For quite some time now, waiter robots have been considered as a possible solution to restaurant automation. The world over, robotics technology is replacing manual work at a fast pace. Customers in cafés, restaurants and hotels face a lot of problems due to congestion at peak hours, manual order processing and unavailability of waiters. These shortcomings can be handled by using a restaurant automation system where robotics is utilized to order food and beverages.
How Would It Work?
The customer orders via wireless network. The kitchen gets the order via menu bar, which is based on the keypad, LCD, and the Bluetooth module. The order is placed using electronic menu bar. This order is sent to the kitchen and received using communication network. The waiter robot then takes the food from the kitchen and brings it to the customer.
Robots are starting to play an important role in the hospitality industry, and the public is excited by the possibilities. Between dropping costs of robotics equipment, the increasing minimum wage, and problems restaurants face in finding cooks and other employees in many cities in the country, eateries can expect to see more food service robots among their staff in the coming years.
No one can dispute that interacting with a welcoming, friendly server is a key part of the sit-down restaurant experience. However, many restaurateurs don’t feel a robot will give human warmth or the ability to handle varied preferences, requests, and accents.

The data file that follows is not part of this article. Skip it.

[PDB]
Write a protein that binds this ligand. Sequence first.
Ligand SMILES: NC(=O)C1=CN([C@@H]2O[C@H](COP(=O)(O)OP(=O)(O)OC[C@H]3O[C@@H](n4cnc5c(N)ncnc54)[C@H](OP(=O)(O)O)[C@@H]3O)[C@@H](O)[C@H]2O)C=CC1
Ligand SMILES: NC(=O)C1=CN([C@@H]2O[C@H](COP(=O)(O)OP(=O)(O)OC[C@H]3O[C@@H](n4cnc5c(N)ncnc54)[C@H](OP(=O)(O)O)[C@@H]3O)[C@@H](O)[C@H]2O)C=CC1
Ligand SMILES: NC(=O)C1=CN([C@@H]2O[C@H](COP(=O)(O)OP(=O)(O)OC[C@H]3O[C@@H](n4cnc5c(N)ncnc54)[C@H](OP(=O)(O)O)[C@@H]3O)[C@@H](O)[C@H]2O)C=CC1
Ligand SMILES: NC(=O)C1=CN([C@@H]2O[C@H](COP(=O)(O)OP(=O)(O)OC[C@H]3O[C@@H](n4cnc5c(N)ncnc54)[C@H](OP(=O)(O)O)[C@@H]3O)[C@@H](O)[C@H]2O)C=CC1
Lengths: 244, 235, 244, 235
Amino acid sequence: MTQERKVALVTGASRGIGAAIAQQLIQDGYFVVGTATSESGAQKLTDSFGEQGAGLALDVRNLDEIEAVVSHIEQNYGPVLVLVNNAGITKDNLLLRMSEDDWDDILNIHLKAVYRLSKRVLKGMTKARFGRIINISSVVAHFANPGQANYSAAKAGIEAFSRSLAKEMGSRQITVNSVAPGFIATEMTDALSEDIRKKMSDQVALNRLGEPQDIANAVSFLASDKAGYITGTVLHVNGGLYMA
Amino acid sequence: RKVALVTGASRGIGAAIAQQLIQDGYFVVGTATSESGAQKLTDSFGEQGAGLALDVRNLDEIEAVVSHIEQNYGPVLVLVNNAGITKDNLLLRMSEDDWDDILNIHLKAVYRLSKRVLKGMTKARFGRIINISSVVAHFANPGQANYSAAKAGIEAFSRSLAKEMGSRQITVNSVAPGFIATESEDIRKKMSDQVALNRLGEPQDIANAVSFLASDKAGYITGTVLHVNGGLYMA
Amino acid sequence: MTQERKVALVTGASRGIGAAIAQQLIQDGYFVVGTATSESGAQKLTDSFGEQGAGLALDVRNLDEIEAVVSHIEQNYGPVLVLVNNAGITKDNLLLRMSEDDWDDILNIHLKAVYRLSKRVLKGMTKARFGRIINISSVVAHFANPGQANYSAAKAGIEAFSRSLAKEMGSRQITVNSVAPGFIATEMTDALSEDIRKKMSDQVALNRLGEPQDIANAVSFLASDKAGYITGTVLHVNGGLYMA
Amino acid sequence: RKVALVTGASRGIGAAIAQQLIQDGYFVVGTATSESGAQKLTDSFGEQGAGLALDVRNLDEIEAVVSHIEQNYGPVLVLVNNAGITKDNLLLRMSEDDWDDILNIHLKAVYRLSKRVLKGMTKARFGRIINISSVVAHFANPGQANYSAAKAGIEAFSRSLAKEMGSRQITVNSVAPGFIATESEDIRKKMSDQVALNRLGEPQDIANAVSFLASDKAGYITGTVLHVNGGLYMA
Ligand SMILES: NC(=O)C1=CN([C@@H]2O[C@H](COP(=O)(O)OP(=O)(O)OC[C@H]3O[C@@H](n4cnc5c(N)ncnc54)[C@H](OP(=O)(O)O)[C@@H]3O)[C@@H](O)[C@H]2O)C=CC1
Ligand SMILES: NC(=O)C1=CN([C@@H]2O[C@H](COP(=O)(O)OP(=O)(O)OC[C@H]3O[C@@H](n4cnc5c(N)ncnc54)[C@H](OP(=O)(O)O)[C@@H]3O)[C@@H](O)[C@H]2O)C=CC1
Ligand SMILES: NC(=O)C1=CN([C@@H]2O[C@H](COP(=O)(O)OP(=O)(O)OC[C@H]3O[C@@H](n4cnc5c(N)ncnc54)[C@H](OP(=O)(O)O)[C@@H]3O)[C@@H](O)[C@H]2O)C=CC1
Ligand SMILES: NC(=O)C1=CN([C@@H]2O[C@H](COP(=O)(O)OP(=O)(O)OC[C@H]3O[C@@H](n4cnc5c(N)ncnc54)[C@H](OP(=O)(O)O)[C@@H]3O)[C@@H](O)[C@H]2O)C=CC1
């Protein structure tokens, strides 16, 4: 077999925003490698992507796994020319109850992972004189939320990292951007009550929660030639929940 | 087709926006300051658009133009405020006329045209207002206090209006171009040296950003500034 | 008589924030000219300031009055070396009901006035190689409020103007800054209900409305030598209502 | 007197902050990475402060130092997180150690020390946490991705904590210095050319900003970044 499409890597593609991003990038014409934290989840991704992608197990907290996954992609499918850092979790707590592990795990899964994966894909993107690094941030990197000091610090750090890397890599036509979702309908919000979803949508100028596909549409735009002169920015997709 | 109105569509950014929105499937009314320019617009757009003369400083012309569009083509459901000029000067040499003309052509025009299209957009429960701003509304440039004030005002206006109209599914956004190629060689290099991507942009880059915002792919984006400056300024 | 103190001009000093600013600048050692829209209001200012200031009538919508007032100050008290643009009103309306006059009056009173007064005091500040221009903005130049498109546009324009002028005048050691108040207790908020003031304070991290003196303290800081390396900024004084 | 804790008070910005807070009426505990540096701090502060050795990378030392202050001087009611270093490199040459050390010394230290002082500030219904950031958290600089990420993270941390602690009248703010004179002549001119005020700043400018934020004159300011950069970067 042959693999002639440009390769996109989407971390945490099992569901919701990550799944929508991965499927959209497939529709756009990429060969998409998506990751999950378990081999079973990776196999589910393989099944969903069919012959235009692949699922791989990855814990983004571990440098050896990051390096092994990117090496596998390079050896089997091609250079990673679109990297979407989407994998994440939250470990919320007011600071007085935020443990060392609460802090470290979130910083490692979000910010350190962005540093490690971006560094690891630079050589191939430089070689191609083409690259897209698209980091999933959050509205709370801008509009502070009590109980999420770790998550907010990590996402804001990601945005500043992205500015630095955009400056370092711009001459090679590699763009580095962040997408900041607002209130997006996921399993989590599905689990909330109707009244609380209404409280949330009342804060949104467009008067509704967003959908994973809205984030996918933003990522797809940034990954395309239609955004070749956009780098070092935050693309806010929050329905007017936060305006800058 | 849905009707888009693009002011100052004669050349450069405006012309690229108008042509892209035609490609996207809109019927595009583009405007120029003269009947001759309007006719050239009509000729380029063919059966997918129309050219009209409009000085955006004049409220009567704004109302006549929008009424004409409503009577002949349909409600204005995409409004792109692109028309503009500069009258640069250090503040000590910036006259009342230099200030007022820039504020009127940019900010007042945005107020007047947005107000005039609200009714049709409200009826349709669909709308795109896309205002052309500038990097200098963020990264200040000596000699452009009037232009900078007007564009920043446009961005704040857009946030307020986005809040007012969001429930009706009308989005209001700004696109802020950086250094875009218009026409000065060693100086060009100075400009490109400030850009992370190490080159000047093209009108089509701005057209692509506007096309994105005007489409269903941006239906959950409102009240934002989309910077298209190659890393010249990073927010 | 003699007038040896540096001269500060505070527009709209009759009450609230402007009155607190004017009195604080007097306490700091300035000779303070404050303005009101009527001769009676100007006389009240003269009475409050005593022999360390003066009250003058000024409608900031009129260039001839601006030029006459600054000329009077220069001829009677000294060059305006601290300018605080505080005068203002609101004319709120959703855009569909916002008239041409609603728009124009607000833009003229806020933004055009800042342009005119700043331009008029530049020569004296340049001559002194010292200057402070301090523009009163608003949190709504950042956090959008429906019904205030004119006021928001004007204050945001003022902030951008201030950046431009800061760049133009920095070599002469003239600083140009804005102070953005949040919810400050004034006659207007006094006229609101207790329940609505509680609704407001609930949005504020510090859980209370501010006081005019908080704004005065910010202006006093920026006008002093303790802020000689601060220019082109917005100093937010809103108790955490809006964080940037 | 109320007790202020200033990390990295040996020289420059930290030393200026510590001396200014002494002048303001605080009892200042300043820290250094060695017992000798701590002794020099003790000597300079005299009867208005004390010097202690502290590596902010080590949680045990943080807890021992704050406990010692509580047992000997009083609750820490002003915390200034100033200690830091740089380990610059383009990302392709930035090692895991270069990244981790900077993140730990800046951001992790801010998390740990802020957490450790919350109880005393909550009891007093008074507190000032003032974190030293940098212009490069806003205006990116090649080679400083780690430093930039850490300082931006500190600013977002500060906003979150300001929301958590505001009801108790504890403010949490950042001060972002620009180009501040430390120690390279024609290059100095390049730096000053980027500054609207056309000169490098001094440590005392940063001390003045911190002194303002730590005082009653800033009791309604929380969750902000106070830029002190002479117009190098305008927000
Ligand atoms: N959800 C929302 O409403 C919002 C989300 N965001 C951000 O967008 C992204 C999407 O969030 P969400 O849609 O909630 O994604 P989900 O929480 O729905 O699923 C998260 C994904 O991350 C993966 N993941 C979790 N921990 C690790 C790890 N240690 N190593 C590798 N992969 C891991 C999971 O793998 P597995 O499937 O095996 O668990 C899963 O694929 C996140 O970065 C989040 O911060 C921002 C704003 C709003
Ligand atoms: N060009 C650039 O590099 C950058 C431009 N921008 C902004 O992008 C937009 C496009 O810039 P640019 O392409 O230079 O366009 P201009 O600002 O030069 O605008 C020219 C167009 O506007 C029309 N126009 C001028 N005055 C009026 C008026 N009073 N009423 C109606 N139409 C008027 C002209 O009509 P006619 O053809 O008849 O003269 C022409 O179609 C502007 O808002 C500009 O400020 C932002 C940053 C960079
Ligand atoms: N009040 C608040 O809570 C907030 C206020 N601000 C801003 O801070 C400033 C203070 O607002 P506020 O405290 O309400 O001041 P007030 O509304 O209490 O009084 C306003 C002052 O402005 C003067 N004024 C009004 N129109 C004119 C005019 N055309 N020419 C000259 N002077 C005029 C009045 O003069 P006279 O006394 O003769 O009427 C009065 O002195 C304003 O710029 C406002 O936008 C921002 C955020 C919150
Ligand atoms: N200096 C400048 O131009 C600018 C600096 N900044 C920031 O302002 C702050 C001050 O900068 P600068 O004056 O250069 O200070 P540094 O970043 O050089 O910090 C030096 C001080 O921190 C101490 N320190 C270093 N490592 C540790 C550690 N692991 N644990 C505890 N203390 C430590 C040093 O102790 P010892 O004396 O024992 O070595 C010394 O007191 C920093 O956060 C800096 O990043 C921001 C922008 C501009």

What Will Robots Be Able To Do?
Robots might not be able to handle high-skilled jobs in kitchens, like making or designing new recipes, at least in the near future. This will remain a task of humans, who will now have more time for it. Repetitive, low-skilled tasks are suitable for robots. In fast food restaurants, robots can be placed next to soda machines for some low-skilled, repetitive tasks.
Robots could improve sales in the restaurant business. Why do we think so? Over a quarter of restaurant sales currently goes to wages, insurance, taxes, and worker overtime. This will probably increase quite significantly once the minimum wage increases by 50% (from $10 to $15). Robots promise to bring the total labor cost down a great deal.
A high amount of cost savings will be passed on the customer in the highly competitive food industry. It is obvious that lower prices increase sales – this happened after robots were introduced in various manufacturing sectors.
Advantages of Robots
If you’re human, it can be hard to predict how many calories will come out. This is a problem for diners who are on a diet. A robot with weight sensors can offer precise portion control and you will know many calories would be present. Customers can modify the amount of dressing on a tablet placed on your table or by telling the waiter. Robots also offer mass customization, which would increase sales as well.
When sales increase, restaurant workers get more jobs and pay. Waiters get more tips. Chefs and other high-skilled kitchen staff get more money too.